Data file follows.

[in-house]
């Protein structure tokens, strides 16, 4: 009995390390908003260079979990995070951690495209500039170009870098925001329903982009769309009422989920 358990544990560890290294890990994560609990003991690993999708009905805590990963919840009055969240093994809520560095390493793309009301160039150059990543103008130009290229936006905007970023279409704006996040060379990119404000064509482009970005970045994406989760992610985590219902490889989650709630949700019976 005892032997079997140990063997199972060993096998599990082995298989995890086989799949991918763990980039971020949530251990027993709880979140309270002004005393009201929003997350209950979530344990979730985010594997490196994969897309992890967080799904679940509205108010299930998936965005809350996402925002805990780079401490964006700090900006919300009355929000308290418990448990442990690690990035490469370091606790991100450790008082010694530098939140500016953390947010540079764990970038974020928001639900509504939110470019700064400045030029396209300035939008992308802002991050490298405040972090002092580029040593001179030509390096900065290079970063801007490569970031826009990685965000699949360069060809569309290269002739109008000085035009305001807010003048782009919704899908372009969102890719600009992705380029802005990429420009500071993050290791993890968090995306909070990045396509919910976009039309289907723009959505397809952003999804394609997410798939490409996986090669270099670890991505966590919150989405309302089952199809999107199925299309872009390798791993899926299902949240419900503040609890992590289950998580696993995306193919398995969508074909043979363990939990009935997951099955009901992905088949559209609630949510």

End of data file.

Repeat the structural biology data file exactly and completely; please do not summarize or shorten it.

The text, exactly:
[in-house]
């Protein structure tokens, strides 16, 4: 009995390390908003260079979990995070951690495209500039170009870098925001329903982009769309009422989920 358990544990560890290294890990994560609990003991690993999708009905805590990963919840009055969240093994809520560095390493793309009301160039150059990543103008130009290229936006905007970023279409704006996040060379990119404000064509482009970005970045994406989760992610985590219902490889989650709630949700019976 005892032997079997140990063997199972060993096998599990082995298989995890086989799949991918763990980039971020949530251990027993709880979140309270002004005393009201929003997350209950979530344990979730985010594997490196994969897309992890967080799904679940509205108010299930998936965005809350996402925002805990780079401490964006700090900006919300009355929000308290418990448990442990690690990035490469370091606790991100450790008082010694530098939140500016953390947010540079764990970038974020928001639900509504939110470019700064400045030029396209300035939008992308802002991050490298405040972090002092580029040593001179030509390096900065290079970063801007490569970031826009990685965000699949360069060809569309290269002739109008000085035009305001807010003048782009919704899908372009969102890719600009992705380029802005990429420009500071993050290791993890968090995306909070990045396509919910976009039309289907723009959505397809952003999804394609997410798939490409996986090669270099670890991505966590919150989405309302089952199809999107199925299309872009390798791993899926299902949240419900503040609890992590289950998580696993995306193919398995969508074909043979363990939990009935997951099955009901992905088949559209609630949510």